Coupons & COVID-19: Simple Way to Pinch Pennies During the Pandemic

The Faraone family of New Britain says they save thousands of dollars a year couponing.

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The pandemic has many of us pinching pennies and looking to get a better bang for our buck.

“I mean it’s a pandemic! You got to do what you got to do,” said Hartford resident Latrice Foster.

The pandemic has many of us pinching pennies and looking to get a better bang for our buck.

Foster spoke to NBC Connecticut as she was entering the Stop & Shop on New Park Avenue in Hartford.

“I’m coming here because they have the sale item that I want.”

Foster isn’t messing around when it comes to saving money.

“I go to all the local stores and buy whatever is on sale with my coupons.”

Even with one less mouth to feed these days.

“So I have a son, but he just left for school, so my grocery bill just got cut in half! So yeah for that because he’s 6’4,” so he’s a giant. Imagine how much he eat?”

Hartford resident Chris Branford is also watching his wallet during the coronavirus crisis too.

“It makes you like appreciate what you got. What you can do with your money.”

Branford said he’s clipping coupons more these days, something New Britain father Nicola Faraone swears by.

He finds that it saves his family a lot of extra money.

“It just means being able to take more vacations,” he said, and putting his kids in more programs too.  

Faraone, a longtime grocery store employee, has seen firsthand just how hard this year has been for folks, like when shelves went bare as the state started to shut down.  

“In 25 years, I’ve never seen anything like what I saw on those four weeks. Literally, we were sleeping at the store. It was crazy.”

Now Faraone hopes his years of couponing can help out other Connecticut families during the coronavirus crisis.

His wife Irene explained the first time her husband shopped with coupons, “He came home with enough stuff to fill our kitchen, I looked at him and said, ‘what are you doing?’

He told her, “This whole thing only cost me like $32." So she said, "At that point I said, ‘you know what, do what you got to do.’”

Faraone said finding and clipping coupons is easy - check your local flyers and browse online too.

 “When I get the coupons, I clip them right away. My sons like to help clip them, so it’s kind of like a family thing.”

But Faraone said it’s essential to keep the coupons in order by expiration date, really take the time to plan out your grocery shop, know exactly what you want to purchase, and set a budget.

 “I said all right, ‘this is what I’m spending’ and I was literally like 40 cents off.”

Faraone said only buy what you’ll need, despite what you see in his packed basement, which his kids call "The Coupon Store."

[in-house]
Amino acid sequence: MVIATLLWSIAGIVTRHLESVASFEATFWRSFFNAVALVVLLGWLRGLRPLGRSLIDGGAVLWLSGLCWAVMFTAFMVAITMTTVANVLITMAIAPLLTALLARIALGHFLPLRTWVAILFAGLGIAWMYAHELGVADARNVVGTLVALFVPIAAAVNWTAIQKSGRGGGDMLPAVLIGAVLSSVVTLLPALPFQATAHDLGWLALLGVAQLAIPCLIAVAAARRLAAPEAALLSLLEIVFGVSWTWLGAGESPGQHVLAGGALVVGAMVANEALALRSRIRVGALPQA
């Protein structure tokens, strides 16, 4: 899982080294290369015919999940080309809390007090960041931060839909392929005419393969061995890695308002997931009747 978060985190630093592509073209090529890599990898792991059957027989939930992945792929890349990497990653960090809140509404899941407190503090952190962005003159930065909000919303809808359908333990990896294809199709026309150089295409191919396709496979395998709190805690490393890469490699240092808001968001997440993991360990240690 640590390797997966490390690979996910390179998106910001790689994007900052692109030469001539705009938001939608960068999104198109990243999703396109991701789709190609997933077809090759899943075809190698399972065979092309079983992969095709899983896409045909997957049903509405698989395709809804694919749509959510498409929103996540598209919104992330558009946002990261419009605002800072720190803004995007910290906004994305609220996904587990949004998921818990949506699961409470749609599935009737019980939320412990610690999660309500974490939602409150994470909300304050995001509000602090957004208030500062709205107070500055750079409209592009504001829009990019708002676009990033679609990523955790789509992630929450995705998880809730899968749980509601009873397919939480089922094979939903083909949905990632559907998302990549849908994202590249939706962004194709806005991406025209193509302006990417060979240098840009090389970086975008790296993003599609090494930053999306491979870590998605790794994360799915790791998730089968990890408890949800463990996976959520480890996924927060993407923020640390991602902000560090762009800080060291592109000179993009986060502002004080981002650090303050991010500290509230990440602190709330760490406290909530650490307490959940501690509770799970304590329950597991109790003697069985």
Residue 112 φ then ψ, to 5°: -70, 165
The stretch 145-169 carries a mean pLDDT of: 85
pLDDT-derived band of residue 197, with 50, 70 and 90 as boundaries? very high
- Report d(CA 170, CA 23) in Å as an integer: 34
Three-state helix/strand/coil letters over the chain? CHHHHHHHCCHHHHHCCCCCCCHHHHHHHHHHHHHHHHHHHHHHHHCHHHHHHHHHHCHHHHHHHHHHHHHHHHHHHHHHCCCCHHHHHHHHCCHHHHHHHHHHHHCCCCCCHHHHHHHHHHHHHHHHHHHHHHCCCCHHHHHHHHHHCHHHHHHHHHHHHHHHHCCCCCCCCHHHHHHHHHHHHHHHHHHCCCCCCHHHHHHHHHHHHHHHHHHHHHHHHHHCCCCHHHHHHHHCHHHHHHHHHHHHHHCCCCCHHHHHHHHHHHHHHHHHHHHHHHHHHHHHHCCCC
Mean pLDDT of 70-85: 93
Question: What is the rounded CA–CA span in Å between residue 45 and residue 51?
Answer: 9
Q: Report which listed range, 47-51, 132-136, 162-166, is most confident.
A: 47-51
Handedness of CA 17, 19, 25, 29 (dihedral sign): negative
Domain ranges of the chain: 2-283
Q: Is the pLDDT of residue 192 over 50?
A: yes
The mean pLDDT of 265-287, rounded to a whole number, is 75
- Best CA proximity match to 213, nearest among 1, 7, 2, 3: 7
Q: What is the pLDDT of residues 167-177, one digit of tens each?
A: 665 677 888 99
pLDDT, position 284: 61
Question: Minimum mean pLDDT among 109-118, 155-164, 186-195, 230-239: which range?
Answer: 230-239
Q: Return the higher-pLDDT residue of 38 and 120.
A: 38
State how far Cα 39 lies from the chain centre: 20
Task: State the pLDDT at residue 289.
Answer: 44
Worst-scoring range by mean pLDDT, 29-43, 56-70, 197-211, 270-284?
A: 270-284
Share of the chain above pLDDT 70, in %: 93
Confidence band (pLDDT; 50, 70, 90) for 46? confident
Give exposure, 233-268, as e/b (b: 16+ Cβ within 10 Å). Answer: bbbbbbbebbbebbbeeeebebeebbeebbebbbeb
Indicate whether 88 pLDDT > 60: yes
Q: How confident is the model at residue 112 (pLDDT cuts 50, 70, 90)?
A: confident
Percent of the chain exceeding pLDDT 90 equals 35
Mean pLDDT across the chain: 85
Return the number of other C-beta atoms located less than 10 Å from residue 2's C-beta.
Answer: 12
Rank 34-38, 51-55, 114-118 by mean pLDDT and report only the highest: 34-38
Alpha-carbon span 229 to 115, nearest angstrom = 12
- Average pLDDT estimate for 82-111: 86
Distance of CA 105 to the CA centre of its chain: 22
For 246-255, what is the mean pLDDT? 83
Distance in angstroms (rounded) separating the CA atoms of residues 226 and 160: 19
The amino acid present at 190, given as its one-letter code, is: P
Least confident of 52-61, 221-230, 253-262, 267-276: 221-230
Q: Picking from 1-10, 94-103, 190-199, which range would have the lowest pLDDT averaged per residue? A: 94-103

For the family of five, he said it makes sense to stock up. Plus, they like to share with neighbors in need.

While cleaning supplies, for example, may be tough to find right now, Faraone said deals do exist, even if you have to think outside of the box.

For example, “What you can do is called 'stacking,' when you use a store coupon with a manufacturer’s coupon.” Using both on one item makes things even cheaper.

For the Faraones, couponing gives them a little more cushion as they bounce through life’s ups and downs.

“I’d say on average about $10,000 a year,” said Faraone.  

Couponing can be complicated, so the Faraone family recommended finding and joining local Facebook groups.

They said don’t be afraid to ask members questions and most importantly, make it fun.

That’s what Foster suggests too.

“Just look at the different flyers on the weekend on a Saturday or Sunday when you’re sitting there watching TV, or something, maybe NBC News.”

Industry analyst Ted Rossman said make sure you look for deals online too.

He’s seeing more digital deals linked to credit cards during the coronavirus crisis, as more people are shopping from the comfort and safety of their couches.

While Rossman suggested taking advantage of these cash back offers, he warned they do come with a catch: make sure you’re not buying over your budget.

Rossman said he believes the main risks with these online offers are overspending and privacy concerns.

While Rossman said some folks are fearful of getting tracked by advertisers online, for those who already use the web to shop, he suggests checking out all your options before you cash out.

“Don’t go directly to the retailer's site. Like click through that credit card portal or click through that airline portal look around for coupon codes.”

This way, he said, you can potentially get items cheaper, accumulate extra points for the future or gain potential cash back opportunities.

So when times are tough, savvy shoppers said taking some extra time that can save you some extra cash in the end.

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